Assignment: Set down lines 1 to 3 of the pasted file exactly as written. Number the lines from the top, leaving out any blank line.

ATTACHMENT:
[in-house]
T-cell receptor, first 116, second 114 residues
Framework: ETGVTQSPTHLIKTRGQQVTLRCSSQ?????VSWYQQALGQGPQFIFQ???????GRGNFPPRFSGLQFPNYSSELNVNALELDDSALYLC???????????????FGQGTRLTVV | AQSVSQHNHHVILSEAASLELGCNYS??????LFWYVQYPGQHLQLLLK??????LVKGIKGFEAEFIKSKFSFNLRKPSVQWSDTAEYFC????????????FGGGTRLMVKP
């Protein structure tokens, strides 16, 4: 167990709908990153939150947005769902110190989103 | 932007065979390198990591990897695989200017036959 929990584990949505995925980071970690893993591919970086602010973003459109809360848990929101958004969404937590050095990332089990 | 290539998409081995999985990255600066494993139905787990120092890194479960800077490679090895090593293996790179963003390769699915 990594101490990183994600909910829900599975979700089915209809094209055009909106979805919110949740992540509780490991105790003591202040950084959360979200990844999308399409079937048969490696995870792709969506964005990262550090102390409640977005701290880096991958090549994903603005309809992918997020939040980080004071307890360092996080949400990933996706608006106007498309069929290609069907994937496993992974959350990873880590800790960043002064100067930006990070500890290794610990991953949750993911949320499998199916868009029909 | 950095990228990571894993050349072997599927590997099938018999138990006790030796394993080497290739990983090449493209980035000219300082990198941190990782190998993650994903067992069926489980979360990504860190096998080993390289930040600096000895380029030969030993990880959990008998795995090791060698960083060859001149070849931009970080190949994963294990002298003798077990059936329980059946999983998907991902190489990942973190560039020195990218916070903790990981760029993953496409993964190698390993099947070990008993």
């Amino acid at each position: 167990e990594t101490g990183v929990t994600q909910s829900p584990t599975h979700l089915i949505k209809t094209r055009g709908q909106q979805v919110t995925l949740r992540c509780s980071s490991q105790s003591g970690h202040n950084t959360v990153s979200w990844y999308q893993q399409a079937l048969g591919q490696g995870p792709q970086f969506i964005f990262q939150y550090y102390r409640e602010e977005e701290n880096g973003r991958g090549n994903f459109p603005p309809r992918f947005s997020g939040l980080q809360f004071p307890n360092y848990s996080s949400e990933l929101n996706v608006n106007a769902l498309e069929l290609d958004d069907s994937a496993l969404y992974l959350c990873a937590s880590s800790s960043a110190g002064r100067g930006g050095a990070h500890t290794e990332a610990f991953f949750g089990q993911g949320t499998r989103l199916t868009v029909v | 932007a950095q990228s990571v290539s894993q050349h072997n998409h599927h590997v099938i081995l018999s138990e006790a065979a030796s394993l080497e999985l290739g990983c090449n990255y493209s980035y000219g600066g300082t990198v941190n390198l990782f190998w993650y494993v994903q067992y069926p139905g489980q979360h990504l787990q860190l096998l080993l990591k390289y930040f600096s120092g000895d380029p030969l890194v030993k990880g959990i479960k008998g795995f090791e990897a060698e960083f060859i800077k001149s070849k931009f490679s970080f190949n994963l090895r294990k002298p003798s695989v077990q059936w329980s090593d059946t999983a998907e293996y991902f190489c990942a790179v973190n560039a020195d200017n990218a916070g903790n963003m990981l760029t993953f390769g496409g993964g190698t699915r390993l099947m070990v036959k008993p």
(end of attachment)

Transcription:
[in-house]
T-cell receptor, first 116, second 114 residues
Framework: ETGVTQSPTHLIKTRGQQVTLRCSSQ?????VSWYQQALGQGPQFIFQ???????GRGNFPPRFSGLQFPNYSSELNVNALELDDSALYLC???????????????FGQGTRLTVV | AQSVSQHNHHVILSEAASLELGCNYS??????LFWYVQYPGQHLQLLLK??????LVKGIKGFEAEFIKSKFSFNLRKPSVQWSDTAEYFC????????????FGGGTRLMVKP